From a clinical perspective the issue is ensuring that the benefits of testosterone therapy outweigh the potential risks. Almost a decade after the IOM’s report  the effi- cacy of testosterone therapy for health outcomes where treatments are not already available remains uncertain. Testosterone compared to placebo could be beneficial for glucose metabolism , depression [87,88], sexual dysfunction [26,89], bone density  and HIV wasting syndrome [91,92], although whether testosterone is better than established treatments for these conditions has not been clearly established. Cardiovascular disease is com- mon in typical users of testosterone therapy, that is, older men. The 10-year risk of a cardiovascular event for US men aged 65 to 69 years is about 28% . Assuming the increased risk of cardiovascular-related events seen here with testosterone therapy would give a number needed to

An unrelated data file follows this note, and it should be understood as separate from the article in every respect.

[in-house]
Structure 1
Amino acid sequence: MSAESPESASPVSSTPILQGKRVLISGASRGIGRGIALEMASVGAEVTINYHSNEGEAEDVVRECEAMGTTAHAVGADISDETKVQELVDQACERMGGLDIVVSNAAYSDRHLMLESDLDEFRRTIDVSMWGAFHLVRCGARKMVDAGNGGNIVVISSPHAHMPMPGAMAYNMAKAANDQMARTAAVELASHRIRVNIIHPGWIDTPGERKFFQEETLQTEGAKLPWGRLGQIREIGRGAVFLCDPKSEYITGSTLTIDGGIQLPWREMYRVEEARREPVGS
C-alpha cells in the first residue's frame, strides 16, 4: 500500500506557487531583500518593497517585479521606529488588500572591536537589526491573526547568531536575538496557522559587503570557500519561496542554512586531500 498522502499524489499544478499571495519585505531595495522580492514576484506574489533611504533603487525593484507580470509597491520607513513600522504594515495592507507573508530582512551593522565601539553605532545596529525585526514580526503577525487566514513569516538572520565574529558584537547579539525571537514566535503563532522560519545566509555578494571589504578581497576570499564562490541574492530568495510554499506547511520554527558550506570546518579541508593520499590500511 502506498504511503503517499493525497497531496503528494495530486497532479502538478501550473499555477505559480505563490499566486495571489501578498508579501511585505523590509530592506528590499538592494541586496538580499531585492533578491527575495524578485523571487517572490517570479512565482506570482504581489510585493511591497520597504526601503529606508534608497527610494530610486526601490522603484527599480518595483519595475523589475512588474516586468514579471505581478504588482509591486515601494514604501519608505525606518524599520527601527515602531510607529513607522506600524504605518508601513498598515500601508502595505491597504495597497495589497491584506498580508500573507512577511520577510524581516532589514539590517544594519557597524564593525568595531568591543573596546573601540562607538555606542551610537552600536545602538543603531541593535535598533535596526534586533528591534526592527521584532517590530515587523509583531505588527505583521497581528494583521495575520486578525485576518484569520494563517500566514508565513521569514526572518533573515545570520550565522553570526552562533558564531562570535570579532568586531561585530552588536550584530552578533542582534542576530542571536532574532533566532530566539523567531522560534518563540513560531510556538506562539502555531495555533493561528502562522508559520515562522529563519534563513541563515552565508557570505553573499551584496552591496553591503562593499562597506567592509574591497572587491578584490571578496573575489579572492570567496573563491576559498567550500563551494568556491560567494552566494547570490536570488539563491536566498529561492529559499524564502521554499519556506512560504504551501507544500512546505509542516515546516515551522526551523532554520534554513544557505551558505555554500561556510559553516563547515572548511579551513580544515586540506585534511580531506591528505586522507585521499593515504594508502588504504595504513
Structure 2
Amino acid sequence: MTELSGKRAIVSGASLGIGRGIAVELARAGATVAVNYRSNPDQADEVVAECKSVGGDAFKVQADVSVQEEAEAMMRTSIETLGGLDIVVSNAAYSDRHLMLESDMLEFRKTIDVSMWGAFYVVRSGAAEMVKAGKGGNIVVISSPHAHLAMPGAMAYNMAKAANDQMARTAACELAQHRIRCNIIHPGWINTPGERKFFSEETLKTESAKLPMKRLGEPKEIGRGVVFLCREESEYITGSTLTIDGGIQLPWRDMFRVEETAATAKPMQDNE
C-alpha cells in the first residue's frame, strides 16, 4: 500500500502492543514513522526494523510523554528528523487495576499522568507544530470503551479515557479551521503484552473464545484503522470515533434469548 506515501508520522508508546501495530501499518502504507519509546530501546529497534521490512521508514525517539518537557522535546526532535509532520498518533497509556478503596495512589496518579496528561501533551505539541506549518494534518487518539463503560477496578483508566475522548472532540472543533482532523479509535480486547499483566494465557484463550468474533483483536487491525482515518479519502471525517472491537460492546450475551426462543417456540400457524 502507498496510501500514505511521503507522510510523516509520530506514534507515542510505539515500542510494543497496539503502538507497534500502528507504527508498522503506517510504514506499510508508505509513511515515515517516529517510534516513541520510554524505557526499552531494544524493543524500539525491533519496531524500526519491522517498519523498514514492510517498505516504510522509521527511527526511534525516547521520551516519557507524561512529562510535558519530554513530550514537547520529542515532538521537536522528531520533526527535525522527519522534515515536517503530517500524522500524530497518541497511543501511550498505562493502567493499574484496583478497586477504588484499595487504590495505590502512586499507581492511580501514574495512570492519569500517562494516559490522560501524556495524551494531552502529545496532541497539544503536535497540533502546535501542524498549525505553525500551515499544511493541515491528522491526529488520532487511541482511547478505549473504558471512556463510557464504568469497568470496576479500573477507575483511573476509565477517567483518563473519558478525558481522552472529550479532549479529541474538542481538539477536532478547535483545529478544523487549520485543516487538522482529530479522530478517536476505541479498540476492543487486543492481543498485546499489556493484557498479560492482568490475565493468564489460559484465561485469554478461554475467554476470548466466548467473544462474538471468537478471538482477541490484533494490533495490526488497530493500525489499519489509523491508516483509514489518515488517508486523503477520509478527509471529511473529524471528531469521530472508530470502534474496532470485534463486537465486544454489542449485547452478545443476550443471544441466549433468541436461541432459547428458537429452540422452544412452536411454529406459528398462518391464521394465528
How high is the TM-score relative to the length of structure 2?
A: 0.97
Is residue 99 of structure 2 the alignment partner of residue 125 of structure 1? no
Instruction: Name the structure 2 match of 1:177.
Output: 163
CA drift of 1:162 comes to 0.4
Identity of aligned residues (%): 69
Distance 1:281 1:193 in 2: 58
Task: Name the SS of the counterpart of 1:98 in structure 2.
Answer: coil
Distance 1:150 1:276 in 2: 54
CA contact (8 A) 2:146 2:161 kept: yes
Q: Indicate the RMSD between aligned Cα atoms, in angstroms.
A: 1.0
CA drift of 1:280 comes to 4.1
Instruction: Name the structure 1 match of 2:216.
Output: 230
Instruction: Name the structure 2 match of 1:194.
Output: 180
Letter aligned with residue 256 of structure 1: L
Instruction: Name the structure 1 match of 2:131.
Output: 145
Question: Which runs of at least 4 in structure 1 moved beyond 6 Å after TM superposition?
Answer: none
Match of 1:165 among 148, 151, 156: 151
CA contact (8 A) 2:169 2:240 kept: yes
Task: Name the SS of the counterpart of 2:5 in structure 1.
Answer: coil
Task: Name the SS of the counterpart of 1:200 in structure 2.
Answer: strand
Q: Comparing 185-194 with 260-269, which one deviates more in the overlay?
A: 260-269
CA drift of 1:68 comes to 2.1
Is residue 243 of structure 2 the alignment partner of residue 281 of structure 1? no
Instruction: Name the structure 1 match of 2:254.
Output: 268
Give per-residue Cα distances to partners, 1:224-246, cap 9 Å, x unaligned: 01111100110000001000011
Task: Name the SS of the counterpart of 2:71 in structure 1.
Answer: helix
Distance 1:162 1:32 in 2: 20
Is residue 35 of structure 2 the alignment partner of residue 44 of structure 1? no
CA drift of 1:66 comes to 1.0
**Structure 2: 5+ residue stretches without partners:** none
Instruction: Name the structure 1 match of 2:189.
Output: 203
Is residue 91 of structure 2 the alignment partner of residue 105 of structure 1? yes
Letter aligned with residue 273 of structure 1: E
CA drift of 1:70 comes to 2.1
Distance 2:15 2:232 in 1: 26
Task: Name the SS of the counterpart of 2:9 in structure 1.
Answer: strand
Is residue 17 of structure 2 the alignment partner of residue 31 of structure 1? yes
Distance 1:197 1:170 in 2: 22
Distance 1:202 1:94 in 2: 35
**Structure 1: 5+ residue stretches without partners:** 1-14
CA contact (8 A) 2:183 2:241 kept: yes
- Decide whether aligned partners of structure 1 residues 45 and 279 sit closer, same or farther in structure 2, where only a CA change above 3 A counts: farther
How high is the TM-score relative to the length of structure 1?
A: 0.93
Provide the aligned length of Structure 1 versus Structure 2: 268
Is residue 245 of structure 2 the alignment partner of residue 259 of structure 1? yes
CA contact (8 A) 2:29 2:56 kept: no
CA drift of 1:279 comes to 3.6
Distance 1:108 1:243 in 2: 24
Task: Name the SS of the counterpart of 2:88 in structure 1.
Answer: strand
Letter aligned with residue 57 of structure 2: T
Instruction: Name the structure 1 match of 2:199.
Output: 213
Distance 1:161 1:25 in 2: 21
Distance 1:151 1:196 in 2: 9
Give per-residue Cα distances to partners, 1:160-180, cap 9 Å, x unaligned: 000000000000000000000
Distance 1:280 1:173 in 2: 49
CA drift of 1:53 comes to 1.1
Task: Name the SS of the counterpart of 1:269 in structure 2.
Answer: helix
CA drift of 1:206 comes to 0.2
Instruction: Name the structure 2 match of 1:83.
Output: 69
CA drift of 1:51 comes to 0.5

The cultural history and cultural background as well as the personal history are important for the develop- ment of psychosomatic medicine in a country . In Europe this name was created 1818 by J. Heinroth in Leipzig, the French philosopher R. Decartes had de- scribed 150 years earlier the differences between body and soul and English physicians had described in this time diseases in a very psychosomatic way. Since cen- turies the Asian culture focused on different bio- logical, psychological, environmental and ethical aspects of a life in harmony and for an attempt to harmonise human beings. The American way of life in psychosomatic medicine developed from psycho- analytical roots to targeted, effective and cognitive structured research activities and became a pacemaker for research activities in behavioural and psycho- somatic medicine. This research paradigm seems to push back other cultural and personal experiences in the field. So it is interesting to compare these tradi- tions and scopes of psychosomatic medicine in differ- ent countries: Paper 5 and 6 of this series presents this American way of structural thinking, comprehen- sive research hypotheses and managing successful good research projects. Paper 2 presents the Japanese ideas of psychosomatic harmonization in an individual with the surrounding of family, society and environ- ment under an ethical aspect. Impressive is the effort, which was made to organize successfully psycho- somatic structures in Japan. Paper 4 described the historical development of psychosomatic medicine in Germany and the concept of different psychothera- peutic interventions on all levels of health care. All these papers are written from members within a soci- ety which has members, website and a members only